Spring Control 

If significant leafroller damage was evident the previous season or if larval monitoring indicates a potentially serious problem, apply a Bt product (Dipel, Foray 48BABioprotec CAF and Bioprotec PLUS) during bloom and repeat in 7 days if some larvae survived the first spray. Bt will also control any Bruce spanworm, fruitworm and bud moth larvae present. Apply Confirm (maximum 3 applications to apples and pears) or Intrepid (maximum 2 applications, apples only) from late bloom to petal fall to control the spring larval generation. These products will also control other leafroller and bud moth larvae present at the time of application. Because organophosphate-resistant OBLR are also resistant to Confirm and Intrepid, do not apply Confirm or Intrepid if the OBLR population is resistant to organophosphate insecticides (Imidan WP). Thorough coverage is essential for effective control because the larvae must eat Confirm and Intrepid. These products are specific for caterpillars and will not harm beneficial insects and mites. Apply Success or Entrust (maximum 3 applications per season) or Delegate (maximum 3 applications per season), Altacor (maximum 3 applications per season, or 2 applications per season for rates above 215 g/ha), Exirel (maximum 4 applications per year), Danitol (maximum 1 application per season), Vayego 200SC (maximum 3 applications per season), or Harvanta (maximum 3 applications per season) for control of spring OBLR and TLLR on pome and stone fruit. Again thorough and uniform coverage is essential because larvae must eat the product to provide maximum control. These products will also control other leafroller and bud moth larvae present as well as the sap feeder stage of tentiform leafminer. Success and Entrust will also provide control of thrips. Success and Entrust can harm earwigs and parasitic wasps exposed to direct sprays; however the threat is reduced once the residues dry.

Summer Control 

Be aware that foliage density and area will be greater than in the spring so make adjustments to sprayer operation to ensure thorough coverage. For suppression of summer generations of leafrollers, apply Confirm (maximum 3 applications, apples and pears only) or Intrepid (maximum 2 applications, apples only) about 10-14 days after biofix and repeat not less than 10-14 days later if necessary. Or, using a degree-day model (base 10°C beginning February 1), once biofix is established, apply Confirm or Intrepid between 120 and 140 DD (corresponds to start of egg hatch) and again between 210 and 240 DD if necessary (corresponds to about 50% egg hatch). Field reports indicate that an application at the second timing is essential for satisfactory reduction of feeding damage, regardless of the timing of the first application. To prevent or delay the development of resistance to Confirm and Intrepid in non-organophosphate resistant leafroller populations, do not apply it against successive generations of leafroller larvae. These products will also aid in control of any exposed codling moth larvae.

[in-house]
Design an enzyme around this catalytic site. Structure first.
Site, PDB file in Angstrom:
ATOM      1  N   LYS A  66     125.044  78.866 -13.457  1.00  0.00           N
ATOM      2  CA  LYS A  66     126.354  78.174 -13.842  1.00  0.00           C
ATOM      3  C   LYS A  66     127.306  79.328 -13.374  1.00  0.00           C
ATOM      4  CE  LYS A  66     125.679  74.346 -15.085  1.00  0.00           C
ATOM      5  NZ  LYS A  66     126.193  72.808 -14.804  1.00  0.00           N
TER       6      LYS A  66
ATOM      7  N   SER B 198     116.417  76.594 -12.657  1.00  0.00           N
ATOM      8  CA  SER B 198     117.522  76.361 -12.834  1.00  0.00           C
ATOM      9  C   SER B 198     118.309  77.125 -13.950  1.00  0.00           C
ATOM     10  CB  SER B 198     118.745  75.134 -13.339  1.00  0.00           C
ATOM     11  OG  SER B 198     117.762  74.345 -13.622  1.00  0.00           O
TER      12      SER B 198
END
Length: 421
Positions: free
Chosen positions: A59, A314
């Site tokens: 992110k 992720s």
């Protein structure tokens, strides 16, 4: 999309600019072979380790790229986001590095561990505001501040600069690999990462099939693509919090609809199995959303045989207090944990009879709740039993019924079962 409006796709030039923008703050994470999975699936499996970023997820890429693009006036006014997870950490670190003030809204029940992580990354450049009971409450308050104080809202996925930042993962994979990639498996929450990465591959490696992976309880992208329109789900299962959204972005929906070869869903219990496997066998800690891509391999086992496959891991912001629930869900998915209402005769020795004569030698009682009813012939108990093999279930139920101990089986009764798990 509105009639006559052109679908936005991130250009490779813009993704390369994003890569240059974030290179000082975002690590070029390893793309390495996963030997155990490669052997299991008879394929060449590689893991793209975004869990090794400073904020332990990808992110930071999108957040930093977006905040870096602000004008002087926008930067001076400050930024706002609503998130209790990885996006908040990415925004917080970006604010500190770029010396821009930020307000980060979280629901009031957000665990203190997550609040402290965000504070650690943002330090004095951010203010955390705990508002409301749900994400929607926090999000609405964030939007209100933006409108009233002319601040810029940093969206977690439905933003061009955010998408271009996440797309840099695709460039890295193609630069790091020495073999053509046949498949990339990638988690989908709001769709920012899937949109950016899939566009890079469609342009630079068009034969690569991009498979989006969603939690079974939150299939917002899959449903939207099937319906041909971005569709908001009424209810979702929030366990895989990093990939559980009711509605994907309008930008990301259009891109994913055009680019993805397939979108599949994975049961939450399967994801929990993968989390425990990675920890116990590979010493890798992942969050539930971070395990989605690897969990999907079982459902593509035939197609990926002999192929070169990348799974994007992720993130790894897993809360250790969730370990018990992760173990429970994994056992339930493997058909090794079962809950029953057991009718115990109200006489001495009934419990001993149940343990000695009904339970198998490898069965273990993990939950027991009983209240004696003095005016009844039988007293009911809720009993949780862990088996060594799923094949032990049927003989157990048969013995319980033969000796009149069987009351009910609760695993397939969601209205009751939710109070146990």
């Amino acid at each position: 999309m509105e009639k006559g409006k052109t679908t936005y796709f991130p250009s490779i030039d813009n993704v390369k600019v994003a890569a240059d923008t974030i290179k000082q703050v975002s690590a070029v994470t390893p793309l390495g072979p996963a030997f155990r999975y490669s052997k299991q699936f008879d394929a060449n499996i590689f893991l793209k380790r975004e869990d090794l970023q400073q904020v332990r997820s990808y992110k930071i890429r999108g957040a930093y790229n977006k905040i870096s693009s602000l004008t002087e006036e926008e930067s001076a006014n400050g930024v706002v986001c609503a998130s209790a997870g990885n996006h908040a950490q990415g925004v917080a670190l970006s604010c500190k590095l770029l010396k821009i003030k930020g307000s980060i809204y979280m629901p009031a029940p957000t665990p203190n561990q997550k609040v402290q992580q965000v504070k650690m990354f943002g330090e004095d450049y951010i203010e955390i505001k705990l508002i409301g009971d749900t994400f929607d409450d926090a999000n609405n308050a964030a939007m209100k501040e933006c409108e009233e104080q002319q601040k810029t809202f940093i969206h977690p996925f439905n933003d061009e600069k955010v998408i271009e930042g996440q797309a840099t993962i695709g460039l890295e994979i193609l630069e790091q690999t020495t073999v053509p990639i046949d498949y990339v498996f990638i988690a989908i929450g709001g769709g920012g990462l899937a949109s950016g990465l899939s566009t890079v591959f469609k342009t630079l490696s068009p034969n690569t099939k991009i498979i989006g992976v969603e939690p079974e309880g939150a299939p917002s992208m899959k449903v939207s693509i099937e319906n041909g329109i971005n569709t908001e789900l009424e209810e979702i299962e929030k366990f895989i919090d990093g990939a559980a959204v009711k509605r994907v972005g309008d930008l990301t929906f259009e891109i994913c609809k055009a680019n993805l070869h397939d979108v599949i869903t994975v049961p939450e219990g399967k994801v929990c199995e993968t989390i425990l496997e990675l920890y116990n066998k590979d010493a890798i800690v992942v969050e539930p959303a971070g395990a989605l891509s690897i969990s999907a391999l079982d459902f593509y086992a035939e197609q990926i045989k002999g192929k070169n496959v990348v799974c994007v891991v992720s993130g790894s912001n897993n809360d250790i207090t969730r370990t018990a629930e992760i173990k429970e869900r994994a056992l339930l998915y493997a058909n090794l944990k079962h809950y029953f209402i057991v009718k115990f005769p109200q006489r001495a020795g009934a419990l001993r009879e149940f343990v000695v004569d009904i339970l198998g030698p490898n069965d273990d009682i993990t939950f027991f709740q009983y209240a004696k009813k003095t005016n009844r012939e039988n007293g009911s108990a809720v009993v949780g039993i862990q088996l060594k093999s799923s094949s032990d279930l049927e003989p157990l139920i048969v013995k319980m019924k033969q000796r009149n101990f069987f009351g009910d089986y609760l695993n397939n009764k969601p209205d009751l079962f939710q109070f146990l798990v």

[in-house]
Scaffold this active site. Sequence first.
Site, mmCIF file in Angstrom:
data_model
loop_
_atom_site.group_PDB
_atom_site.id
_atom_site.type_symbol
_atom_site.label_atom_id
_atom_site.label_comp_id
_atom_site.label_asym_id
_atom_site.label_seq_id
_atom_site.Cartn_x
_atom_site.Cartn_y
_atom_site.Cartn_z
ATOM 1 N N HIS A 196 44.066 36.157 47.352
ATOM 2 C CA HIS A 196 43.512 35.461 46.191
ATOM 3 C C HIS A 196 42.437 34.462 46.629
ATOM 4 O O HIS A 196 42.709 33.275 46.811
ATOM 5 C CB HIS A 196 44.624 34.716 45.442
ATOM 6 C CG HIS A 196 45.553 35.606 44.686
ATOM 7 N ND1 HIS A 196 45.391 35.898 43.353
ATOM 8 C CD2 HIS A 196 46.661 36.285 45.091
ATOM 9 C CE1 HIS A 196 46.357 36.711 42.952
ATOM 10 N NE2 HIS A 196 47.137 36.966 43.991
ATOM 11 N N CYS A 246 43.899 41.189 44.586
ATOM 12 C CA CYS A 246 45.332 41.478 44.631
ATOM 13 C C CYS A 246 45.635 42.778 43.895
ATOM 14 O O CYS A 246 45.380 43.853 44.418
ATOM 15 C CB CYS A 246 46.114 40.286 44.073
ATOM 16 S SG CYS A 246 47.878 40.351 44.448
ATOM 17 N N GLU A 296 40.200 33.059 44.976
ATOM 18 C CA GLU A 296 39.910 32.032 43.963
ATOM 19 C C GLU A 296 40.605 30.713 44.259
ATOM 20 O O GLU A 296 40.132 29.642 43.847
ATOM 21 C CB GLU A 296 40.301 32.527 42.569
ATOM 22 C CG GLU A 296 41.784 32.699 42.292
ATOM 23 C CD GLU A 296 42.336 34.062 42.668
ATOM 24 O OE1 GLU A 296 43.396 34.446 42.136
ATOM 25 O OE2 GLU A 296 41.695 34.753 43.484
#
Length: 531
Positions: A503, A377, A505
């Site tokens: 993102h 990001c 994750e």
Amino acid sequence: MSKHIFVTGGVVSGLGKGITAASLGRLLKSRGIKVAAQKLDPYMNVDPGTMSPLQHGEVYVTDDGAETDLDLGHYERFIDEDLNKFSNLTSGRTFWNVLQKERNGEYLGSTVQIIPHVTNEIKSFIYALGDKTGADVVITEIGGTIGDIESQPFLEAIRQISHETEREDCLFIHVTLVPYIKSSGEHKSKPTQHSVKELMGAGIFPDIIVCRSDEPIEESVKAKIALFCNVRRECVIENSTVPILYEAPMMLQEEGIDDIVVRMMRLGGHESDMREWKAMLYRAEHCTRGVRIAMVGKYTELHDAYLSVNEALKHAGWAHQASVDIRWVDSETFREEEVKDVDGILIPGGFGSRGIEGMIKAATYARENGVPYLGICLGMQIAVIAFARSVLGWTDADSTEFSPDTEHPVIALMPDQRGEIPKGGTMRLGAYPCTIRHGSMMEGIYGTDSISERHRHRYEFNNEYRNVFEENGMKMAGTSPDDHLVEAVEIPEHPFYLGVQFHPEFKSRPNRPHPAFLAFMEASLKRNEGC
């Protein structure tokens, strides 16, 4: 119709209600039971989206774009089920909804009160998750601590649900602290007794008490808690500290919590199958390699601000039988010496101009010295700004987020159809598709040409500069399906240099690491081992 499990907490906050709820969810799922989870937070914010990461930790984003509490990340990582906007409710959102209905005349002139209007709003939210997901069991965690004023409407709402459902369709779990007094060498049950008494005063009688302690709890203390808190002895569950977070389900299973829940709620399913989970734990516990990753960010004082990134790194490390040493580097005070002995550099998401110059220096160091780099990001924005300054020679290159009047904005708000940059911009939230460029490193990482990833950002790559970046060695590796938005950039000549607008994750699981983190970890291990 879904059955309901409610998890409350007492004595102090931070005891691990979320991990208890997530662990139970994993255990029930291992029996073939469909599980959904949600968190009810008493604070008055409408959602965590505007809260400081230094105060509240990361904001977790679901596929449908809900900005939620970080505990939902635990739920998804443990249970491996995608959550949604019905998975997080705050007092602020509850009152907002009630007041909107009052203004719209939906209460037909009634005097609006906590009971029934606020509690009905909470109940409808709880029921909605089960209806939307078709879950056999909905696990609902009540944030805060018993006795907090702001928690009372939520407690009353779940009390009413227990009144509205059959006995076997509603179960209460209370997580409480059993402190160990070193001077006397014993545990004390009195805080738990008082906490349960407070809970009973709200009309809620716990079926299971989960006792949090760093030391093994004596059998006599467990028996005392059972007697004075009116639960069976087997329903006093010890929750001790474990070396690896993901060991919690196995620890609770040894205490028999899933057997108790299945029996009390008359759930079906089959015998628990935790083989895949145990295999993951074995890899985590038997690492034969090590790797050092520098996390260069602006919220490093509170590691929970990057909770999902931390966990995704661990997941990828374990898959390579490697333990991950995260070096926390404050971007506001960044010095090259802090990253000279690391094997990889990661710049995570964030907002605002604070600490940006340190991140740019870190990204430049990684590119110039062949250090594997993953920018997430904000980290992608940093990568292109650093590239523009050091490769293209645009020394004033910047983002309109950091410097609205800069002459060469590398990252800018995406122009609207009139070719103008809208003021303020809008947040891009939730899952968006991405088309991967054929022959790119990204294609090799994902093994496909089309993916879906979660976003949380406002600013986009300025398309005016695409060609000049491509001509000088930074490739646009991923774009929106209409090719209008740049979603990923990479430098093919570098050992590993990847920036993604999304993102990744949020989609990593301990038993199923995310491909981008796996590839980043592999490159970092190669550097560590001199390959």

Apply Success or Entrust (maximum 3 applications per season) or Delegate (maximum 3 applications per season) or Altacor (maximum 3 applications per season, or 2 applications per season for rates above 215g/ha) or Exirel (maximum 3 applications per season), TwinGuard (maximum 2 applications per season) or Harvanta (maximum 3 applications per season)  to all pome and stone fruits or Rimon (maximum 3 applications per season to stone fruits only for control of summer generations of OBLR and TLLR. Again thorough and uniform coverage is essential because the larvae must eat product to provide maximum control. These products will also control any bud moth or other species of leafroller larvae present.  Rotate the use of Success or Entrust or Delegate with other control products to prevent or delay the development of resistance. Success Entrust and Delegate can harm earwigs and parasitic wasps exposed to direct sprays; however the threat is reduced once the residues dry. Rimon may be harmful to predatory mites.

Mating disruption

Apply Isomate-CM/LR TT in apples, pears and cherries at a rate of 750 dispensers/ha (300/acre). Double the rate along margins of orchards. Read the general instructions for using mating disruption under Codling Moth. It is important that leafroller population levels are very low within the orchard and there are no nearby outside sources of mated females (e.g. fruit trees, roses, raspberries, cottonwoods, chokecherry, alder, willow, dogwood, big-leaf maple, hawthorn, antelope bush, lupine). This control option also requires effective spring larval control. These products also provide mating disruption of any fruittree leafroller, European leafroller and codling moth male moths present in the treated orchard.